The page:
About the Book
Peter Sanskevicz doesn’t belong anywhere. He doesn’t want the sixth-generation family farm his great great-grandfather unwittingly stole from its Odawa owners, and can’t continue his jobs serving “fudgies,” tourists in Northern Michigan who seem more at home than he is. He can’t seem to take charge of things or do anything but make a mess. Then, Peter accidentally kills a girl.
Seeing his life is at risk, his friend takes him to his uncle, a pipe carrier of the Odawa tribe, who tells him he must live by the shores of Lake Michigan until the lake speaks to him. Peter lives and loves and rages by the shores of the great lake, haunted by its rich beauty, by strange images and sounds that begin to pursue him through his waking and sleeping hours, and by the spirit of the dead girl, who seems to be trying to help him. One day, he finally finds an inner silence. And then, he hears what the lake has to say to him. A story about reconnecting with the source of your life and your joy, Music of Sacred Lakes gives voice to the spirit of the land and lakes that gave birth to us all.
With this second and astonishingly sophisticated novel, Dreaming Novelist Laura K. Cowan cements her reputation as one of the most imaginative new American Fabulists, a writer of spiritually-oriented magical realism, literary fantasy, and visionary fiction in the line of Alice Hoffman, Ursula K. Le Guin, or Paulo Coelho, but characterized by an electric mix of lyrical language, an evocative sense of place, and quick-moving narrative that harkens back to a time when literary fiction was served up raw and ghost stories weren’t told for their sad and scary parts.
The whole world used to be this quiet. Here in the land of the inland seas, land of tamarack swamps and aspen forests, of sand dunes watched over by ancient stands of virgin timber and dense second-growth forests, the quiet remained. This land, in Northern Michigan, ever so slightly closer to the North Pole than the Equator, was a paradise of endless days in the brief and blinding summers, a haven for the thinker and the sleeper over the long snowy winters, and a welcoming place for an unhappy life.
It was here, in East Jordan, on the bottom of Lake Charlevoix, which emptied into mighty Lake Michigan with its magnificent gold and wine sunsets over sand-scented waves—it was here, on the bottom of the economic food chain—that Peter Sanskevicz was born.
It wasn’t that Peter didn’t belong. On the contrary, his family had belonged to East Jordan’s history for six generations, part of the first wave of white settlers to commandeer this paradise from the Odawa Indians who used it for summer hunting and fishing grounds before them. But Peter didn’t want to belong to this tradition of homesteading and lumber milling in the Great Silent North. He didn’t want much of anything he had, in fact, and that wasn’t much.
He had burned through too many jobs over the last year and a half since leaving his parents’ farm—still the same eighty acres homesteaded by his great great-grandfather beginning in 1865. When he couldn’t take haymaking and cow milking anymore, Peter had waited tables in Charlevoix by the Big Lake, worked as a janitor at the local cherry and vegetable canning plant in East Jordan, and finally piloted a boat for fishing tours on Lake Charlevoix. This last job was his favorite, as fishing with his friend Derek Negeshe had been one of Peter’s great loves in childhood. He still headed out to the Jordan River for fly fishing once in a while, but now much of his time was taken up between his two part-time jobs: driving a garbage truck and gardening for “fudgies,” tourists from Chicago or Detroit who came up here in the summers to buy the world-famous fudge and sail their yachts.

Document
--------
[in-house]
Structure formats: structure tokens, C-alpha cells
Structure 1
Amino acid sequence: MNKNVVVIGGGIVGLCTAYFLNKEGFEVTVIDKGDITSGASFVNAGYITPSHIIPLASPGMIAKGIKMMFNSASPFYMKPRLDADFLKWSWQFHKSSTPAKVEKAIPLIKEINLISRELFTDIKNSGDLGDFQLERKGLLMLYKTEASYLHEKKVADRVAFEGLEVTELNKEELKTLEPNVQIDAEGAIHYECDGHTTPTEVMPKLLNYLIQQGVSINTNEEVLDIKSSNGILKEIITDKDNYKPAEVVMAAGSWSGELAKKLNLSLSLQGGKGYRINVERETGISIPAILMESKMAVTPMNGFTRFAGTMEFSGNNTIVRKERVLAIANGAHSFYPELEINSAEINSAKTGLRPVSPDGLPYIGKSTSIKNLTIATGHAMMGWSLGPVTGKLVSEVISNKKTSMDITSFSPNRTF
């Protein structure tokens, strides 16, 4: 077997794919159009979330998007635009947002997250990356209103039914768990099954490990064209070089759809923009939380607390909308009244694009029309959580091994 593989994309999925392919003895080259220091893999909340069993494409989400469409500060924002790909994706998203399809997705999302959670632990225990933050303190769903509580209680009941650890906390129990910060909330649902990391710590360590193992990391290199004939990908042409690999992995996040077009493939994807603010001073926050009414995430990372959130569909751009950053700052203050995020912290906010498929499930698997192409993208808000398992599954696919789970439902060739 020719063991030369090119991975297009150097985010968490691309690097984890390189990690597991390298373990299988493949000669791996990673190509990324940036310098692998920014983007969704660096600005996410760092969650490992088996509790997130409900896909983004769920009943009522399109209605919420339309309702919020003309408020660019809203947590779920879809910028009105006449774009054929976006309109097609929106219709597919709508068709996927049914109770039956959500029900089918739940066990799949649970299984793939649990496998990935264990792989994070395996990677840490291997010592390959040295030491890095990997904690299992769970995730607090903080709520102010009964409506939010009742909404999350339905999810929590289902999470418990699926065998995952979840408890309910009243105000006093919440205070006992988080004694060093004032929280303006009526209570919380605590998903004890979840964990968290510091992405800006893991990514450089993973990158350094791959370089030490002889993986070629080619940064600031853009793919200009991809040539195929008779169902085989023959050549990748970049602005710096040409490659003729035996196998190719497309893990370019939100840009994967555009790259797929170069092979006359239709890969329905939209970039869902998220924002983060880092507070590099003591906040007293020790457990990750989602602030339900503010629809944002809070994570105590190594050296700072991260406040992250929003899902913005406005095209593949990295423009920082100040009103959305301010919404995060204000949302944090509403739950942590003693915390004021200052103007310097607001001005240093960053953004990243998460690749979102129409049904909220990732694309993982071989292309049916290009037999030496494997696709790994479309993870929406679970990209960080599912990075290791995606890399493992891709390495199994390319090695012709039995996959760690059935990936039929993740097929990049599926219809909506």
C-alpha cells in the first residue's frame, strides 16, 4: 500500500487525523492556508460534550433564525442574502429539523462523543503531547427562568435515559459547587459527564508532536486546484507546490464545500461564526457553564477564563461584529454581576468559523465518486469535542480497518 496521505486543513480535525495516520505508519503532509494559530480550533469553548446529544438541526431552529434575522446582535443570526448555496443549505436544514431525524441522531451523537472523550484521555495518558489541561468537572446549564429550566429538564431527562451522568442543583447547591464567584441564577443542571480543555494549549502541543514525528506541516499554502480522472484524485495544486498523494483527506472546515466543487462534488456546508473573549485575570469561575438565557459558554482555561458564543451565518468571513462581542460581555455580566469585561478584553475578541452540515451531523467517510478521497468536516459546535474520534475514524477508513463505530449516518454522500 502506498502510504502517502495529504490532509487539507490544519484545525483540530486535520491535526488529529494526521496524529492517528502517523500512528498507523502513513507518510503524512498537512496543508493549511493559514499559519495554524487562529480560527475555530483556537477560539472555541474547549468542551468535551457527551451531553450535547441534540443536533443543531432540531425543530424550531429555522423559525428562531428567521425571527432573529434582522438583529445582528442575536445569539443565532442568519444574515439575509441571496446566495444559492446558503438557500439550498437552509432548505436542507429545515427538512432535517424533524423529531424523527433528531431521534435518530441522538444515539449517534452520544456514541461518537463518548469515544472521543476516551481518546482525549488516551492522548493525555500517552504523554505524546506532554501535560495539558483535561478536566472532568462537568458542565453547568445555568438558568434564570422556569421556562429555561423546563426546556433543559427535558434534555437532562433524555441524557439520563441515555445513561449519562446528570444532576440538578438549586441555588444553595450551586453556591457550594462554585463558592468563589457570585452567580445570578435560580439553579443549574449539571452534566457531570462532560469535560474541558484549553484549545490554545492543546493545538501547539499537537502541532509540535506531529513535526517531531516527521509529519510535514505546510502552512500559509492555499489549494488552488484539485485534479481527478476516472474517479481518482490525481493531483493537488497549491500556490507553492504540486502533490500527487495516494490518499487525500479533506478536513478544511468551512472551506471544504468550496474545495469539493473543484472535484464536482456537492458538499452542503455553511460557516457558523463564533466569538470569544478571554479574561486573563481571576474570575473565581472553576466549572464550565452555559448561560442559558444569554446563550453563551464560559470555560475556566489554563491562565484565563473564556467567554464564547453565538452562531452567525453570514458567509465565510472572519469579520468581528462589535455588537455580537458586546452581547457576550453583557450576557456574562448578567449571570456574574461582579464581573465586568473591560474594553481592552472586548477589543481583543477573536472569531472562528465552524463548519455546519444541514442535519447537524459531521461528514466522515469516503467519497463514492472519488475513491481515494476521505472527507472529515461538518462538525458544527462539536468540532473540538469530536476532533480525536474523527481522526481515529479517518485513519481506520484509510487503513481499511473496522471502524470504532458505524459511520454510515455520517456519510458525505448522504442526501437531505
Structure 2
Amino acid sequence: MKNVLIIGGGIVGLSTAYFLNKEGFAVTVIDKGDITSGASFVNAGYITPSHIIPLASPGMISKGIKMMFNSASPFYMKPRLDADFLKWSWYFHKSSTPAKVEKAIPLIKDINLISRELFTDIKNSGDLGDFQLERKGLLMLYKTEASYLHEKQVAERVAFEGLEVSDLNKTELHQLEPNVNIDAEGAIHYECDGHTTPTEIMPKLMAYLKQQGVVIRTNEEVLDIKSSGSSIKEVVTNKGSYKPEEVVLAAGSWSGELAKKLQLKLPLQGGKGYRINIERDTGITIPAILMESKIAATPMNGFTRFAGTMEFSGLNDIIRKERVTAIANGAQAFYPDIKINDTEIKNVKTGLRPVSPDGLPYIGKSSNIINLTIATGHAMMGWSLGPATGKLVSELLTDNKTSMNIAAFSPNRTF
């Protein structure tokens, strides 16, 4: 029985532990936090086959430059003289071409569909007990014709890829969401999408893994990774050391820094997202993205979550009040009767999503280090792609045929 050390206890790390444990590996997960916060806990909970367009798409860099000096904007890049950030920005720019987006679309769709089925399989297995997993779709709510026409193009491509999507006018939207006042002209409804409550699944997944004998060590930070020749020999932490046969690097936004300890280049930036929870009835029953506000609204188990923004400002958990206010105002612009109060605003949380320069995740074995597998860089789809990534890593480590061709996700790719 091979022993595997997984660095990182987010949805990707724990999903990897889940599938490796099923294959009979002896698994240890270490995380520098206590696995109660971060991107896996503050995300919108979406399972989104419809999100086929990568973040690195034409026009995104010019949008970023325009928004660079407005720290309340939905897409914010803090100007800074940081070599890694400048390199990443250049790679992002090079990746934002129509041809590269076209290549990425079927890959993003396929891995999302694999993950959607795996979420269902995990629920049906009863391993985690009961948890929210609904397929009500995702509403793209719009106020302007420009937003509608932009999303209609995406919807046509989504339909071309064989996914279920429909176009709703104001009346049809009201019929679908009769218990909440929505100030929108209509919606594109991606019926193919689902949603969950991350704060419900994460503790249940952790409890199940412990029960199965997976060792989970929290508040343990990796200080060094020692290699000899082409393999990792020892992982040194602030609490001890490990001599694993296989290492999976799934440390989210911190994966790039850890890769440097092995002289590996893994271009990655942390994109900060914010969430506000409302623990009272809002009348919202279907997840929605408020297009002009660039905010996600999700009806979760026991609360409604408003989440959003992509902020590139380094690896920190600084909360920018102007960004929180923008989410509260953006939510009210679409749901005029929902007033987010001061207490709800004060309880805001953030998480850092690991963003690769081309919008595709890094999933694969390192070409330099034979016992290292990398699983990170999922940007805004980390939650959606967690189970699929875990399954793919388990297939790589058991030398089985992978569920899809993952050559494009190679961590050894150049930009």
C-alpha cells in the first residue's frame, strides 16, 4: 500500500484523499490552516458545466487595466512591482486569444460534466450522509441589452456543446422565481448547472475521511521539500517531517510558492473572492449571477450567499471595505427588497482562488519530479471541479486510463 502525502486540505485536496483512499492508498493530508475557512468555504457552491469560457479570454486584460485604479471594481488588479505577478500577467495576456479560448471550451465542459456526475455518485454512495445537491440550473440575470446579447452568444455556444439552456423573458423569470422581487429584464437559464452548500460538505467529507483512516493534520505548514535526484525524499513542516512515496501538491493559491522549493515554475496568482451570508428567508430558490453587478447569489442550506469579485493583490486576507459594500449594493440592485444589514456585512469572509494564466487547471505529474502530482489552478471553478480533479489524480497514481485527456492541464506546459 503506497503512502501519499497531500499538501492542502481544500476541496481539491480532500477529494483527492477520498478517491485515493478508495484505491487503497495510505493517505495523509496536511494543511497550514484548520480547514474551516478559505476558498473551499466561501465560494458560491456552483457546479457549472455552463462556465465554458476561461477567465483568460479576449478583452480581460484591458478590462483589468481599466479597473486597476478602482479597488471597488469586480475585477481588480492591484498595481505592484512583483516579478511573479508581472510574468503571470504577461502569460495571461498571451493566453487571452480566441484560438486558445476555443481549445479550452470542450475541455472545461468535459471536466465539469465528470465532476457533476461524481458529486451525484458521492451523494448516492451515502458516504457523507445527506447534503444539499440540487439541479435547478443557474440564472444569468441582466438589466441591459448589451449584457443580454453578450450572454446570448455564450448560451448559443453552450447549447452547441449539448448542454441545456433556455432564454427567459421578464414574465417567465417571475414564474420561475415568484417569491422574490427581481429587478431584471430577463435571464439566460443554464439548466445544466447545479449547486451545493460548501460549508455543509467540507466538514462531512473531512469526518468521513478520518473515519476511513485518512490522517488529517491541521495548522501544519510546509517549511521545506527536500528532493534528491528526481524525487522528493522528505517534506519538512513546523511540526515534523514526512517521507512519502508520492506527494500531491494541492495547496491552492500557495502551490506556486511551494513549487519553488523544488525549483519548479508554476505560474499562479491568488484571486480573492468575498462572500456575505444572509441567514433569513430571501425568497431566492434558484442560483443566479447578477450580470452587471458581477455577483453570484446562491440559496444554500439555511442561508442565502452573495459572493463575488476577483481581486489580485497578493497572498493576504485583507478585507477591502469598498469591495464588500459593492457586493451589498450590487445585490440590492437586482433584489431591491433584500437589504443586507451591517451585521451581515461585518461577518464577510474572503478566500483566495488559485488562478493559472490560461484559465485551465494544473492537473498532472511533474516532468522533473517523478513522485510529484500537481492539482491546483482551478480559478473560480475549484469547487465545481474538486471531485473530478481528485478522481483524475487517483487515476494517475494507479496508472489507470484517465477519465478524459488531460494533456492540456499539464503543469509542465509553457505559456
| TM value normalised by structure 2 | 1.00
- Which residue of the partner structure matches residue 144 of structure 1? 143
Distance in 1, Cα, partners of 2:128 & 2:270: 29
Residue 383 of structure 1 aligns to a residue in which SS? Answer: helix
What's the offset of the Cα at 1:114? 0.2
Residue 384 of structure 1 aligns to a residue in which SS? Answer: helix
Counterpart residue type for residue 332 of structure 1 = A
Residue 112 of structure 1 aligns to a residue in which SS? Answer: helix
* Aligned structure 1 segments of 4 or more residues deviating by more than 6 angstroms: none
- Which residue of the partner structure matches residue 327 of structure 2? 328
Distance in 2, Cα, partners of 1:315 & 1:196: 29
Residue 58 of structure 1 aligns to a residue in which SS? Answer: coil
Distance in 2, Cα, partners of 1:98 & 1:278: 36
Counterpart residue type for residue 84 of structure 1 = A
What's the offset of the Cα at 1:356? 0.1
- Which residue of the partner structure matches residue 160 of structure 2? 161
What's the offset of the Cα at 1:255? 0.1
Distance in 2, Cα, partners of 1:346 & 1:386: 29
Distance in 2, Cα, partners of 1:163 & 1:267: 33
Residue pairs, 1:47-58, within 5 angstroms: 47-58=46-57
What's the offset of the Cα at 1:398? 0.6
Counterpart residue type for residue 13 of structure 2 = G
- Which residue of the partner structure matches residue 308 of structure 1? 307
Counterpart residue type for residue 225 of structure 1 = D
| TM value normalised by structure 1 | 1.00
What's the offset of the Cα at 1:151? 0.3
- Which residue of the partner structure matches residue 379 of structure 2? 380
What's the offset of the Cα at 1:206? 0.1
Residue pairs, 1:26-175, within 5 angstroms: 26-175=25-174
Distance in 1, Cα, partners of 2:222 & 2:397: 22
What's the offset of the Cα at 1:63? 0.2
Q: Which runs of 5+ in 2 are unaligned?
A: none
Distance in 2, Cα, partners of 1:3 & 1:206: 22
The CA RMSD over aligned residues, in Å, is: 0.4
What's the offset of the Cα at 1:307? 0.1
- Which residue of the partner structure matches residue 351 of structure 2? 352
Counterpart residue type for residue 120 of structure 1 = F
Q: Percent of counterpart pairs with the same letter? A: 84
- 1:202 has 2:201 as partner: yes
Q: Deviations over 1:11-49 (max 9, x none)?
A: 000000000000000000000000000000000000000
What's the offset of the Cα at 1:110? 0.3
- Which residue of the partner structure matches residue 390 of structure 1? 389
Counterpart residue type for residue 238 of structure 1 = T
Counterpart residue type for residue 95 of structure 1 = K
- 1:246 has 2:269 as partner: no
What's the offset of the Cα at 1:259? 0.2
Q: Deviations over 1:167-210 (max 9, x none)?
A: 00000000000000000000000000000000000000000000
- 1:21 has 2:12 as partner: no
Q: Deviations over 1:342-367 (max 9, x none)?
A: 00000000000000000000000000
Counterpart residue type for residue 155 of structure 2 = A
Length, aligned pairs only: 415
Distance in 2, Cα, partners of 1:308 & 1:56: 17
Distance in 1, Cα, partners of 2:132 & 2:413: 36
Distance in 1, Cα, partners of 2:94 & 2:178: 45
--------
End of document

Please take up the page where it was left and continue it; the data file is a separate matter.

Peter hated his job, and he hated the fudgies, which wasn’t such an unusual sentiment up here. Why did they have to stare at him like some sort of living museum piece? It was amazing that they saw him at all, given as he was to working service jobs that tend to make people invisible—or at least anonymous.
It was to the local waste collection center north of the Little Traverse Bay that Peter was driving one day with Derek when his life, the one he so desperately despised, fell apart.
He had taken Route 31 from Charlevoix up to Petoskey, the scenic two-lane highway that ran along the coast of Lake Michigan and into the bay. The sun was shining out over Petoskey, built like an amphitheater on the hills above the rocky south shore. The waves were calm, typical for early June, and Peter had pulled the garbage truck off onto the gravel turnout and rolled down the window to smell the clean breeze off the lake. But even the wind couldn’t clear the stench of garbage from his nostrils. He could smell it on his skin—in his skin. It never scrubbed out anymore. He had escaped his parents’ farm for this?
Suits you, he heard his father’s voice in his mind.
The truck was ticking as it cooled, the only other sound the waves of Lake Michigan rolling into the bay before the two boys, who sat side by side in the front seat.
“Do you ever think about getting back out on that lake?” Peter asked.
Derek responded by looking across the bay, to his home in Harbor Springs. In these wave-hushed northern lands, people felt little need to fill the space with words. And Derek was quieter than most, silent until spoken to unless he had a good joke to share just like the rest of his family, who were descended from the Ojibwe and Odawa tribes native to these shores.